John Hewitt was a Belfast poet and political activist who famously described his identity as Ulster, Irish, British and European. That’s how I feel my own identity as well; I was born into a Protestant family and told I was British, then, when I visited family in England I found I was Irish. Kids in the park in England asked me why soldiers in Ireland walked the streets with machine guns and I was utterly confused. I knew that British soldiers had machine guns, but wasn’t I British too? It was the first time I felt an identity imposed on me, and it was years before I understood that imposed identity as a true one, and one which had no internal conflict with my Britishness even though the conflict outside was still happening. It is hard to articulate something like that, but as a writer it’s my view that all humans are a mass of identities- some which cause us anxiety and others which exist alongside one another without any bother, even as the outside world tells us it’s impossible. I like impossible people. It has been my great privilege, then, to have been involved as a creative writing tutor with the John Hewitt Society on their Once Alien Here programme.
In conjunction with the Armagh, Banbridge and Craigavon Council and the creative network, BEAM, Once Alien Here is an initiative to bring together people who are new to writing in a free six week course. The groups I had were in Portadown, Lurgan, Keady and Craigavon; sometimes meeting in the local library or in a community centre. Over the six weeks we did a lot of talking about our identities and histories, and a lot of writing too- trying out various ways of articulating what was uniquely us– our stories, our families, our feelings about where we are from in both time and place. I cannot fully explain the position that I was in as a facilitator. Yes, I was demonstrating, as best I could, the ways in which we can explain ourselves and share ourselves with other people in writing. But I was also a witness to so many important life events- I heard about births, deaths, near-deaths, love stories, stories of tremendous hurt, revenge stories, recollections of times which are long past. One man’s father fought in the Somme. One woman’s neighbour kept a cow in her house. Two who had now known one another before the workshops found that they had played in the same abandoned estate as children, divvying up the empty ruined houses among their playmates and imagining their own alternative versions of the conflict which had led to the ruination of the buildings in the first place. I found myself in awe of the willingness to share, and of the good humour in which people spoke. No big egos here- people were really listening to one another. There was a lot of craic, much laughter, and some tears as well. But the quality of work was also wonderful. Earlier in the year I was invited to go on Radio Ulster to talk to Nuala McKeever about the project. She was so moved by the poems I read by Jennifer McCusker and Renee Smith that she asked if she could keep a copy of them. I wish I could have read many others as well.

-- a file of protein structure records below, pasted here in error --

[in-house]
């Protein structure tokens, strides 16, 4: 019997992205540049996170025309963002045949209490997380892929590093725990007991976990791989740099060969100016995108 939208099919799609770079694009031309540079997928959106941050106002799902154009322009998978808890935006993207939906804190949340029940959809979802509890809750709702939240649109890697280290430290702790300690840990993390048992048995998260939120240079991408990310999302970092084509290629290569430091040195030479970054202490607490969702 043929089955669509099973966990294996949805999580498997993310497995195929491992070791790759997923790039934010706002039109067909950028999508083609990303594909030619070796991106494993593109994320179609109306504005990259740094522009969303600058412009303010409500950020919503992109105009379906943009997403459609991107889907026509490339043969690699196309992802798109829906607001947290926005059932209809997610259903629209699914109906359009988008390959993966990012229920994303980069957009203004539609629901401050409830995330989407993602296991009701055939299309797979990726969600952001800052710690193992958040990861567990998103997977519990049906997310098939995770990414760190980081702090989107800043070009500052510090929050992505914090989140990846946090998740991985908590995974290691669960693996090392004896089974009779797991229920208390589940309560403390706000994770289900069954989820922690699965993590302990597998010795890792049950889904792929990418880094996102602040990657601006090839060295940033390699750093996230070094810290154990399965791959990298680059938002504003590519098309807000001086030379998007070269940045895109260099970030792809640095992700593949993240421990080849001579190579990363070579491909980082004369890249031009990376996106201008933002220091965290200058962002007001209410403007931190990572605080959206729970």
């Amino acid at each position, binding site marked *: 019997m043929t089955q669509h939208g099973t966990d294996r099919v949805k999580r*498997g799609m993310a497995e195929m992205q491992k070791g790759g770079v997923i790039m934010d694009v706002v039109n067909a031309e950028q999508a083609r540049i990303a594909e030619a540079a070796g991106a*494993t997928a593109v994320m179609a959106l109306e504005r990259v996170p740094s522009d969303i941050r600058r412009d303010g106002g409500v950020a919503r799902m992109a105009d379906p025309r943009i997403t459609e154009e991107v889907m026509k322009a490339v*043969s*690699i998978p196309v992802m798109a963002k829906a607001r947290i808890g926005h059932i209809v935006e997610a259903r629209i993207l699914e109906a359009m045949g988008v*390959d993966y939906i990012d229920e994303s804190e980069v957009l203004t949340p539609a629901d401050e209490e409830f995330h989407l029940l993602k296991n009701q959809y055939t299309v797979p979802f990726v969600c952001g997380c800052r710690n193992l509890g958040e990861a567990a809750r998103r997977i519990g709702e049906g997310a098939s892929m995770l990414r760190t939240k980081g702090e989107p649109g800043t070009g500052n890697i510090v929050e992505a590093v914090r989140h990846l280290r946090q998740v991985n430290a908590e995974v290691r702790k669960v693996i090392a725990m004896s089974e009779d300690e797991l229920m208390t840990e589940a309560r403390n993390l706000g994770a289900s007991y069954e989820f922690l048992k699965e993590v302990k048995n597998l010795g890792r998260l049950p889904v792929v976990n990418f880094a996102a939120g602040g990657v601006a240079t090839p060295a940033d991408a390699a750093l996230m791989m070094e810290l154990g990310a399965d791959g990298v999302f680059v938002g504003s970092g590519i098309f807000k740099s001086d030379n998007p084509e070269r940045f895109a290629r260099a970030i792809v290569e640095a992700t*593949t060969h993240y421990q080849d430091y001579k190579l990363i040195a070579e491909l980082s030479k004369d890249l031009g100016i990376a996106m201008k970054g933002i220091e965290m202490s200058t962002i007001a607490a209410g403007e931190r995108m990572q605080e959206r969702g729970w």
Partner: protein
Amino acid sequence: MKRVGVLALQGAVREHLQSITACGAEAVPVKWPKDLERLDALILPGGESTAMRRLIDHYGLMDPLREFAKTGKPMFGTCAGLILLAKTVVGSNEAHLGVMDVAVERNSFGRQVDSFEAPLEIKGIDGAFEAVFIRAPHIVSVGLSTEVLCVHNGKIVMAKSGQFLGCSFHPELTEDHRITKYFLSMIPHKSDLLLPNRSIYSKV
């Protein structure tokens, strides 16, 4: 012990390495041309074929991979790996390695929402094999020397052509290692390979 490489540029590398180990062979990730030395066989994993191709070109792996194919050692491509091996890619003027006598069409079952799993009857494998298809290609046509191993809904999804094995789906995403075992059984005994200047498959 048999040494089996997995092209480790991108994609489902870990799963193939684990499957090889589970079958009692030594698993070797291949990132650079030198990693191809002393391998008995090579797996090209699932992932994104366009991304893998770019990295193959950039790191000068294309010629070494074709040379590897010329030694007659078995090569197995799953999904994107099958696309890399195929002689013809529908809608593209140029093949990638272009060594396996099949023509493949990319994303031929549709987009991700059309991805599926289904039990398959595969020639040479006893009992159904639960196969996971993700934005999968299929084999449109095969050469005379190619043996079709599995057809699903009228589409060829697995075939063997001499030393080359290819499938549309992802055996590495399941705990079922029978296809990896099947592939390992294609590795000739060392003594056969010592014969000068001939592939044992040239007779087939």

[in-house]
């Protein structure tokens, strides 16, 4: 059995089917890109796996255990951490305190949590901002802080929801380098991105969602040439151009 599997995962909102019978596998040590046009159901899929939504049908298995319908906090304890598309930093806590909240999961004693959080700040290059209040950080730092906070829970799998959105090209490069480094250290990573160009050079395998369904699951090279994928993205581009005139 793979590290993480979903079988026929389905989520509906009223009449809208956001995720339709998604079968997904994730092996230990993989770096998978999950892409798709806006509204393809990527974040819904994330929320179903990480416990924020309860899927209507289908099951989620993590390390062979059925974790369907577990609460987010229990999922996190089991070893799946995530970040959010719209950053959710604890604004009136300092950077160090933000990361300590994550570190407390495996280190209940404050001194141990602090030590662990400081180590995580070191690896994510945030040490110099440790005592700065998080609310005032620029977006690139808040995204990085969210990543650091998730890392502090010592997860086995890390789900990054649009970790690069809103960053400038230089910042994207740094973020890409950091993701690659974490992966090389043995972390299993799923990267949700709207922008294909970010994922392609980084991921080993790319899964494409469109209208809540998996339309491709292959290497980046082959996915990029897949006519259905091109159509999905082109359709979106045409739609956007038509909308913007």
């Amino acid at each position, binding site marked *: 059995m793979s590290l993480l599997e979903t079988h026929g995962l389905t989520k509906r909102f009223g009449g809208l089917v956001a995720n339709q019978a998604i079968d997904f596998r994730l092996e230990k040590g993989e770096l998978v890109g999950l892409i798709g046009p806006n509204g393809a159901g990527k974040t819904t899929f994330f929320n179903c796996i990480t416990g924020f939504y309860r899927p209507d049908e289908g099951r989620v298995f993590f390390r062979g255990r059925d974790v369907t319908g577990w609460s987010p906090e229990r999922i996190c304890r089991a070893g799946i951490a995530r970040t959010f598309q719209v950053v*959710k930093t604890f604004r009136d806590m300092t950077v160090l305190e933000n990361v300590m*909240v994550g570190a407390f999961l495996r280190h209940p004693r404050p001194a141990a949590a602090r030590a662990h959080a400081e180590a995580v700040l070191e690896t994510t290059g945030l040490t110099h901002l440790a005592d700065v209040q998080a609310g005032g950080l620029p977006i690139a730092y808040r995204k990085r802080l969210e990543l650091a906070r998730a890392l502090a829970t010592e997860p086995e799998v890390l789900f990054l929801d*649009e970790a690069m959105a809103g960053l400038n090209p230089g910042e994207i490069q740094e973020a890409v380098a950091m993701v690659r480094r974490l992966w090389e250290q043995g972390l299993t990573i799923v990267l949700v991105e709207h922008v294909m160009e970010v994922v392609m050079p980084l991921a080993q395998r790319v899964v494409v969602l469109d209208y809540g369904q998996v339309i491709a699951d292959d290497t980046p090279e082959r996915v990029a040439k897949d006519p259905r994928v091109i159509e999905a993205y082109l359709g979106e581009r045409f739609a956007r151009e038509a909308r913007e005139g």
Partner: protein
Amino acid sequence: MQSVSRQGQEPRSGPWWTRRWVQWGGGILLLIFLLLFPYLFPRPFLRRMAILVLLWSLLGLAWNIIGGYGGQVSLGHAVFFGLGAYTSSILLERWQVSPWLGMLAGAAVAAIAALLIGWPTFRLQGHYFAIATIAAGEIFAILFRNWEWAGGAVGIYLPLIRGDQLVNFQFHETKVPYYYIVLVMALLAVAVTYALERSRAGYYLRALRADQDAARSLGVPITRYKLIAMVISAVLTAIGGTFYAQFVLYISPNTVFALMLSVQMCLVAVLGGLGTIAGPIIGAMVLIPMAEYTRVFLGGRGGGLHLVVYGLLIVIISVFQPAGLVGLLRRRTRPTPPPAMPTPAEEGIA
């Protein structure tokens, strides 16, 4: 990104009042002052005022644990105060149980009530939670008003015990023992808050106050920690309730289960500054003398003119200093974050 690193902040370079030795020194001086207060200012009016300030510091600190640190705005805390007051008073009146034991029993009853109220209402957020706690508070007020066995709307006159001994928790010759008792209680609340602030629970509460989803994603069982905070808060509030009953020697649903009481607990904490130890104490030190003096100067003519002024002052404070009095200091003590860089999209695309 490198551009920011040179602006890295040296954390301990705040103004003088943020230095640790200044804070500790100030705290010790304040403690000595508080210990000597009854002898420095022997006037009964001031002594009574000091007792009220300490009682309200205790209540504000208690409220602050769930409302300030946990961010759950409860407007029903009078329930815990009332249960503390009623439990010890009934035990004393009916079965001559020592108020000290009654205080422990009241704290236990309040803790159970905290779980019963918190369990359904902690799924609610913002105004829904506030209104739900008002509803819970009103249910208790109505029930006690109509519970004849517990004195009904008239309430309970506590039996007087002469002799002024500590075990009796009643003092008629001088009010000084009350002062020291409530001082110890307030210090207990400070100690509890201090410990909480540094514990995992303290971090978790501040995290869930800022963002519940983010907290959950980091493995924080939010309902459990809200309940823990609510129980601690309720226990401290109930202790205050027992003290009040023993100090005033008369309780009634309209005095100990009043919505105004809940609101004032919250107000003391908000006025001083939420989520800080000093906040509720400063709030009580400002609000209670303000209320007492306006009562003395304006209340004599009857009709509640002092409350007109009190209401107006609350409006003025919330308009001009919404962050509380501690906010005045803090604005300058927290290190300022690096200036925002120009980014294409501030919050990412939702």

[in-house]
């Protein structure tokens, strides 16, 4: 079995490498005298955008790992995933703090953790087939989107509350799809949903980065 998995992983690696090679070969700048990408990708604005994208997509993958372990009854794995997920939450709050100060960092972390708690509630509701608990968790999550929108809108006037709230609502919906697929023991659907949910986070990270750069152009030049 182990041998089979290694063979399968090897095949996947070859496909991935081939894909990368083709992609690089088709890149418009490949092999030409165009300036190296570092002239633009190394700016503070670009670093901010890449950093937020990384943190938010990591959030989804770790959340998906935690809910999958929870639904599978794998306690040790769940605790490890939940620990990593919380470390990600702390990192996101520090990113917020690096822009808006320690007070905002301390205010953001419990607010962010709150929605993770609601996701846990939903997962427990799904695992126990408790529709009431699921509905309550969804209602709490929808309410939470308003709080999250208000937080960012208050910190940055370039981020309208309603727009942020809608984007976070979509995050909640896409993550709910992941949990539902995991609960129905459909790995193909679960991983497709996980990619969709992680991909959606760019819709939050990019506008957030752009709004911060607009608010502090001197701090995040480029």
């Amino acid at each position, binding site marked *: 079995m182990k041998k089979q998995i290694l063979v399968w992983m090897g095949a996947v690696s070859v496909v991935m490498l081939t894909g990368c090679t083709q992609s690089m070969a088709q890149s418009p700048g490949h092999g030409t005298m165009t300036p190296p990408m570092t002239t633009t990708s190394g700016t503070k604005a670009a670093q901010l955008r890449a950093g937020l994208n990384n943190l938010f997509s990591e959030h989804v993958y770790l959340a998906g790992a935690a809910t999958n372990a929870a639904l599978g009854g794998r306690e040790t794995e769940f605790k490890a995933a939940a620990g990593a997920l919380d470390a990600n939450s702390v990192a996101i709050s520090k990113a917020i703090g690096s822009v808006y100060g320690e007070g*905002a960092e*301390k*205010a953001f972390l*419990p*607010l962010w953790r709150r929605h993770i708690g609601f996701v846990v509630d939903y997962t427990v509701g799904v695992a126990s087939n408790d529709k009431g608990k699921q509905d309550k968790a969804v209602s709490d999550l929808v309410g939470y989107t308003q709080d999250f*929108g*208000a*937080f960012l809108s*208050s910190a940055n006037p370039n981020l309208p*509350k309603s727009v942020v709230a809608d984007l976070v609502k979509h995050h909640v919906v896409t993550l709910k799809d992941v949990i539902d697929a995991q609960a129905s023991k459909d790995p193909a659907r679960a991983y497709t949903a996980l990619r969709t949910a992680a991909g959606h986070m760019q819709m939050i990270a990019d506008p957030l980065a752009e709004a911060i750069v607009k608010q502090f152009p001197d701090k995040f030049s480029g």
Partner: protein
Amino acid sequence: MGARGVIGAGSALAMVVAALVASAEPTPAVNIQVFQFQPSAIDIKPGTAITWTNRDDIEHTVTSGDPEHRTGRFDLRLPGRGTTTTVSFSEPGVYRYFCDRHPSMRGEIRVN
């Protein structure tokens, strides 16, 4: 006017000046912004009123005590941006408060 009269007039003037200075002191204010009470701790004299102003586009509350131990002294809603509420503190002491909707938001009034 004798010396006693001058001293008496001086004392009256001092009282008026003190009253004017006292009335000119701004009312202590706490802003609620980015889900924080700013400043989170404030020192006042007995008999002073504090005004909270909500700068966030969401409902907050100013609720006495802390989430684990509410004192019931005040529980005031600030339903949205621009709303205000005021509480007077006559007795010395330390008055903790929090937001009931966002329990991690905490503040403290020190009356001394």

On Thursday 5th March the various groups who had taken part in the six week programme gathered at the Millennium Court Arts Centre in Portadown to celebrate the launch of the anthology they had contributed to. One participant from each group read a short piece of work. Most people had never read from their work in front of anyone before and everyone read beautifully. With speakers from the John Hewitt Society and Armagh, Banbridge, Craigavon council it was a brilliant night to acknowledge the achievement of the participants. I hope that all of them now feel like writers, and I hope they’ll grow in confidence in their own abilities, but also in the realisation of the importance of their own stories.
The John Hewitt Society runs a week long summer school in Armagh each and applications for a bursary to attend the whole week for free will be open in April. You can find out more on their website, and I would urge everyone with even an inkling about being a writer to take advantage of what the Summer School offers. Everyone can write, and, regardless of your experience, if you have been alive until now then you have a story to tell which is unlike any other.